Saturday, November 13, 2010

Phillip Marlowe vs. Super Hero

FC Etier, talking about Jo Epstein - the protagonist of my mystery series -  on Blogcritics said:

"Can she kick your teeth in? You bet! And as she walks away, leaves an impromptu haiku to savor while you lick your wounds."

I was gratified to hear that Jo's combined literary and crime-fighting skills appeal to my readers but I'm wondering - why are so many writers creating protagonists with super powers and the gift of invincibility? Is it the challenging times we live in that make these mega-heroes appealing?

In his essay, The Simple Art of Murder, Raymond Chandler describes the ideal gumshoe as follows:

"Down these mean streets a man must go who is not himself mean, who is neither tarnished nor afraid. The detective in this kind of story must be such a man. He is the hero, he is everything. He must be a complete man and a common man and yet an unusual man. He must be, to use a rather weathered phrase, a man of honor, by instinct, by inevitability, without thought of it, and certainly without saying it."

I love that last phrase - "without saying it." My vote is that we continue to create characters who embody the best qualities in all of us without bragging about it - whose "super-powers" are subtle and admirable.

What do YOU think?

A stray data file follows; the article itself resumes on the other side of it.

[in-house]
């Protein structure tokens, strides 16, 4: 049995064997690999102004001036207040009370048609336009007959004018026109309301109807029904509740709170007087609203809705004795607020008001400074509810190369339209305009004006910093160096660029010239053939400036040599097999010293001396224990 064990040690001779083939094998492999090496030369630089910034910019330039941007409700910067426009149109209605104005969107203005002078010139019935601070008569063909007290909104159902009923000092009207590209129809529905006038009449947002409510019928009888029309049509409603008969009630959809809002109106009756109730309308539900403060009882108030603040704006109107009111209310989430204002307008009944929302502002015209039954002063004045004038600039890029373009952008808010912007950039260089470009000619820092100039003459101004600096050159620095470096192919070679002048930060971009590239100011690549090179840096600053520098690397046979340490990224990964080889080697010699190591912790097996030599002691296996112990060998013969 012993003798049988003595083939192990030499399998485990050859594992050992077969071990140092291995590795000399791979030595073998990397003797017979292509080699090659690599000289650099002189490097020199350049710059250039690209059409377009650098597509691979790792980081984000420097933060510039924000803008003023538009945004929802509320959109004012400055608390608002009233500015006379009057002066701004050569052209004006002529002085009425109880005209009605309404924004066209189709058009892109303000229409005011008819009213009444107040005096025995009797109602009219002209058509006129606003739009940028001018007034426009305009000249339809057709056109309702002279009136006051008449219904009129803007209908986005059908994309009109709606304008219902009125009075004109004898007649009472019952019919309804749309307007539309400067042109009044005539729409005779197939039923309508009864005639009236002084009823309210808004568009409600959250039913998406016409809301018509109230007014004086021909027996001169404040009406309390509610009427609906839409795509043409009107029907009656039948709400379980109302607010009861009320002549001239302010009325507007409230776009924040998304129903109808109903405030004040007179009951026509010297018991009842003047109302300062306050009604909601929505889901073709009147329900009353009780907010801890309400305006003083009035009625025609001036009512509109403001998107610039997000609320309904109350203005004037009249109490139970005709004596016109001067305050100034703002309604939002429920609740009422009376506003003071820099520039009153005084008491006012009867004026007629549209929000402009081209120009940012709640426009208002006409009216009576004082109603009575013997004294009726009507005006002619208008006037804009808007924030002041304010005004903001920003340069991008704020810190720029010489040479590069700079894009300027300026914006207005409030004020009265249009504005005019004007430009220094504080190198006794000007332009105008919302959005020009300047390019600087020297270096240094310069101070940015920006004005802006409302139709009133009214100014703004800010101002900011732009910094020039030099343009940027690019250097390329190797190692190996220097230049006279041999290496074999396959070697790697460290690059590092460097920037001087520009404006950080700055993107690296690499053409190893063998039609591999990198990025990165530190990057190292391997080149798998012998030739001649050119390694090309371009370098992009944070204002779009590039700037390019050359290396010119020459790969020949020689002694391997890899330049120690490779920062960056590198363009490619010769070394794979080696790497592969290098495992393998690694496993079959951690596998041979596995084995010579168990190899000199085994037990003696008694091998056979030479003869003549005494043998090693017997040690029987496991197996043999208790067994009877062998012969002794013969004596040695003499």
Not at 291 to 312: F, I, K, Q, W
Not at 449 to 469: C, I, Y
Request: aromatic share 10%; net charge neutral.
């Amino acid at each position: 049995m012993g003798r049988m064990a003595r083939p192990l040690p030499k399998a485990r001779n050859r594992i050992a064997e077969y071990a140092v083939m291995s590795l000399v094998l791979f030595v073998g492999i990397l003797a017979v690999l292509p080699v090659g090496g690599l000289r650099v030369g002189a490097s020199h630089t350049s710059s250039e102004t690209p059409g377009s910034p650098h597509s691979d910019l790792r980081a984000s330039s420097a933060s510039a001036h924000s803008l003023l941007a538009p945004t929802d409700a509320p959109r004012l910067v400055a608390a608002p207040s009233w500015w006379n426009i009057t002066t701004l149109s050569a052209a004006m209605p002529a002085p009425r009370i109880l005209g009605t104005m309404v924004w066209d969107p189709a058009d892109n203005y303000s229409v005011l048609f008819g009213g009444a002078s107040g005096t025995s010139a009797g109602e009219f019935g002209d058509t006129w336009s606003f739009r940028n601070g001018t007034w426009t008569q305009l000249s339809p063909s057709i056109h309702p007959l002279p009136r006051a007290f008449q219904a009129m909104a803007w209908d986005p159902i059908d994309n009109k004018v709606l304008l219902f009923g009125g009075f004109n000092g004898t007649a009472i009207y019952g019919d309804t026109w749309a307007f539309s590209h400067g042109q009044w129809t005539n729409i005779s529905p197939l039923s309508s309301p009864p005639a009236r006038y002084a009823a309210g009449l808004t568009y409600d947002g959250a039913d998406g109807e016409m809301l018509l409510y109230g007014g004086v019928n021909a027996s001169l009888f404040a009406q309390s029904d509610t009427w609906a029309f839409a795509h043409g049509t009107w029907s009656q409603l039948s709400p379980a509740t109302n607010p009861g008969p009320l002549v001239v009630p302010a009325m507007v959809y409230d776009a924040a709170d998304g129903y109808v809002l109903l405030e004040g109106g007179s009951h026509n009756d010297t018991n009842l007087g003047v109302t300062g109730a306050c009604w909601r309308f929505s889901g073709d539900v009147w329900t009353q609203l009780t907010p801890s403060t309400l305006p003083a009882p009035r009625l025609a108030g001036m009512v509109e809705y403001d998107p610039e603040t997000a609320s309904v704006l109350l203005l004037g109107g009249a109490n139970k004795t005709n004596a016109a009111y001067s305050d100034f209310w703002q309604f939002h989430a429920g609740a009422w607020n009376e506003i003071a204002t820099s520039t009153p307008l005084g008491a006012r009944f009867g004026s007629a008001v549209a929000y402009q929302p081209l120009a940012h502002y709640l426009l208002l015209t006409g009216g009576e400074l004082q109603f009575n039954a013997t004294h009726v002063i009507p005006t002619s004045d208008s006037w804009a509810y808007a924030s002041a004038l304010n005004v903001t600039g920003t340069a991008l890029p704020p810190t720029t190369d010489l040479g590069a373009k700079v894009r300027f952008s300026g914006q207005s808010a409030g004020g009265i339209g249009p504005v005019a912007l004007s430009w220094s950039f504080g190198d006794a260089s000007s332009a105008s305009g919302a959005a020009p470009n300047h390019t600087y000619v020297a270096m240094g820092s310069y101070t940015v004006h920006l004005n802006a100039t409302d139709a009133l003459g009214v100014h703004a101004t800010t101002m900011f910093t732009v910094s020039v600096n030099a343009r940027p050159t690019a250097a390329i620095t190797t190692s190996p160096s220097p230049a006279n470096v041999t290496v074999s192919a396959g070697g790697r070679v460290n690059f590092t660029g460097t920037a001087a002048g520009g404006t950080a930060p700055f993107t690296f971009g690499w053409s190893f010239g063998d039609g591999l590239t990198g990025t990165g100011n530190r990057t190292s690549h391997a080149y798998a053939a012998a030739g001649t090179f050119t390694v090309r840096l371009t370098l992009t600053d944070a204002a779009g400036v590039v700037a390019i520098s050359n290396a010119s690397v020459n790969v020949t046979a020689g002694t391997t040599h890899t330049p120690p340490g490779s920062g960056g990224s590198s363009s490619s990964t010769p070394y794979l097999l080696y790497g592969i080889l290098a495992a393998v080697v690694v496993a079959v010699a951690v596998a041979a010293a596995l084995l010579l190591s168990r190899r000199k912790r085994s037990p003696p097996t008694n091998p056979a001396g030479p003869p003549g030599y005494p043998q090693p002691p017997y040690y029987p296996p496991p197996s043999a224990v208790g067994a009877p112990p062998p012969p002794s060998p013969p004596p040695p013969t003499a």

5 comments:

  1. Reminds me of thriller writer John Connolly, whose protagonist Charlie Parker is one of my favorites in all fiction. In his book Dark Hollow, Connolly said:

    "The nature of compassion isn't coming to terms with your own suffering and applying it to others: it's knowing that other folks around you suffer and, no matter what happens to you, no matter how lucky or unlucky you are, they keep suffering. And if you can do something about that, then you do it, and you do it without whining or waving your own fuckin' cross for the world to see. You do it because it's the right thing to do.

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  2. @ Laura - great quote! Thanks for sharing.

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  3. I love Phillip Marlowe! It's his wit, his toughness, his intelligence that make his so wonderful. No super powers necessary. Bogart at his best. Great topic!

    Ann Charles

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  4. Hey Joyce,

    I think when we are all feeling beaten down and disenfranchised by life that we seek out people who can make stands and make a difference.

    I often fantasize about being a stronger woman. I wouldn't mind a superpower or two:)

    Maggie Toussaint

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  5. @ Ann - So great how Bogart "became" Marlowe - not many movies being made from mystery novels these days (the the noted exception of Stieg Larsson's trilogy! - Noomi Norén is fantastic as Lisbeth Salander).

    @ Maggie - Maybe Phillip Marlowe's wit and intelligence were considered super powers in his day - I think we've upped the ante quite a bit on what qualifies as exceptional - and I agree, perhaps there's desperation in the air that makes this appealing.

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